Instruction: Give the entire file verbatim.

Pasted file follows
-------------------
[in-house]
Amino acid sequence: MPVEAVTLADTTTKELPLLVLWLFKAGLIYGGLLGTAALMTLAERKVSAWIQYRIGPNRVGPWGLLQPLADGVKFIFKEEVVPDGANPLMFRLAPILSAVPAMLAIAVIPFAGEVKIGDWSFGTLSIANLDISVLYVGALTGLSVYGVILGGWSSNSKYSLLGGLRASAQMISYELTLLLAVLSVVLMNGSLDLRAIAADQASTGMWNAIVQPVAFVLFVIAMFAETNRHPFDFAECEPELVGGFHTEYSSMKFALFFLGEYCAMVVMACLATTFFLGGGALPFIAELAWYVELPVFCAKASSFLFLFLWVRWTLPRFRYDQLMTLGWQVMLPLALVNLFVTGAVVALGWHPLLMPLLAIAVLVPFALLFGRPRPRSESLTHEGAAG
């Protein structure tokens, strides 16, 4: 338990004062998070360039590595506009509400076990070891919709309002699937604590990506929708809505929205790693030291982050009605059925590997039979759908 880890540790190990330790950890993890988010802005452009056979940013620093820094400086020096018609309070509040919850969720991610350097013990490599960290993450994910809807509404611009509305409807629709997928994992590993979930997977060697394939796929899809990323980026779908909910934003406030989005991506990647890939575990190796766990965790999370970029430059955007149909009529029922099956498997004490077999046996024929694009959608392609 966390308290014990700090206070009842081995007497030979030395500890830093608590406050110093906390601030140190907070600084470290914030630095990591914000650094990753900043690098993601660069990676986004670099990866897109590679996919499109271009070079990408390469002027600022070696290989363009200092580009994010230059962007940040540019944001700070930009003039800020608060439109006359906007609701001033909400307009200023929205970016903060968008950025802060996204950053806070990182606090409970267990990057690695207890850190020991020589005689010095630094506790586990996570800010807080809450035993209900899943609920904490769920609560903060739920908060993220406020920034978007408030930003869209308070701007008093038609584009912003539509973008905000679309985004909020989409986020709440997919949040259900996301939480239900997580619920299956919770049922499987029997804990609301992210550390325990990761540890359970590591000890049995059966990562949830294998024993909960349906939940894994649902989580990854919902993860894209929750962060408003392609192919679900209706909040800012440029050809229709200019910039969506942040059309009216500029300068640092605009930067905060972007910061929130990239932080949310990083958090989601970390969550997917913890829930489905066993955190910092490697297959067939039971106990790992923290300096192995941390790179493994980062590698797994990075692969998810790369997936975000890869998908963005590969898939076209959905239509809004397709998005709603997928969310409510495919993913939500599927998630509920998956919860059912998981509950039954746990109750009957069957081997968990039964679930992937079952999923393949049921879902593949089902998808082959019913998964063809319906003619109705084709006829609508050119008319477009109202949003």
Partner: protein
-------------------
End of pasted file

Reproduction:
[in-house]
Amino acid sequence: MPVEAVTLADTTTKELPLLVLWLFKAGLIYGGLLGTAALMTLAERKVSAWIQYRIGPNRVGPWGLLQPLADGVKFIFKEEVVPDGANPLMFRLAPILSAVPAMLAIAVIPFAGEVKIGDWSFGTLSIANLDISVLYVGALTGLSVYGVILGGWSSNSKYSLLGGLRASAQMISYELTLLLAVLSVVLMNGSLDLRAIAADQASTGMWNAIVQPVAFVLFVIAMFAETNRHPFDFAECEPELVGGFHTEYSSMKFALFFLGEYCAMVVMACLATTFFLGGGALPFIAELAWYVELPVFCAKASSFLFLFLWVRWTLPRFRYDQLMTLGWQVMLPLALVNLFVTGAVVALGWHPLLMPLLAIAVLVPFALLFGRPRPRSESLTHEGAAG
């Protein structure tokens, strides 16, 4: 338990004062998070360039590595506009509400076990070891919709309002699937604590990506929708809505929205790693030291982050009605059925590997039979759908 880890540790190990330790950890993890988010802005452009056979940013620093820094400086020096018609309070509040919850969720991610350097013990490599960290993450994910809807509404611009509305409807629709997928994992590993979930997977060697394939796929899809990323980026779908909910934003406030989005991506990647890939575990190796766990965790999370970029430059955007149909009529029922099956498997004490077999046996024929694009959608392609 966390308290014990700090206070009842081995007497030979030395500890830093608590406050110093906390601030140190907070600084470290914030630095990591914000650094990753900043690098993601660069990676986004670099990866897109590679996919499109271009070079990408390469002027600022070696290989363009200092580009994010230059962007940040540019944001700070930009003039800020608060439109006359906007609701001033909400307009200023929205970016903060968008950025802060996204950053806070990182606090409970267990990057690695207890850190020991020589005689010095630094506790586990996570800010807080809450035993209900899943609920904490769920609560903060739920908060993220406020920034978007408030930003869209308070701007008093038609584009912003539509973008905000679309985004909020989409986020709440997919949040259900996301939480239900997580619920299956919770049922499987029997804990609301992210550390325990990761540890359970590591000890049995059966990562949830294998024993909960349906939940894994649902989580990854919902993860894209929750962060408003392609192919679900209706909040800012440029050809229709200019910039969506942040059309009216500029300068640092605009930067905060972007910061929130990239932080949310990083958090989601970390969550997917913890829930489905066993955190910092490697297959067939039971106990790992923290300096192995941390790179493994980062590698797994990075692969998810790369997936975000890869998908963005590969898939076209959905239509809004397709998005709603997928969310409510495919993913939500599927998630509920998956919860059912998981509950039954746990109750009957069957081997968990039964679930992937079952999923393949049921879902593949089902998808082959019913998964063809319906003619109705084709006829609508050119008319477009109202949003």
Partner: protein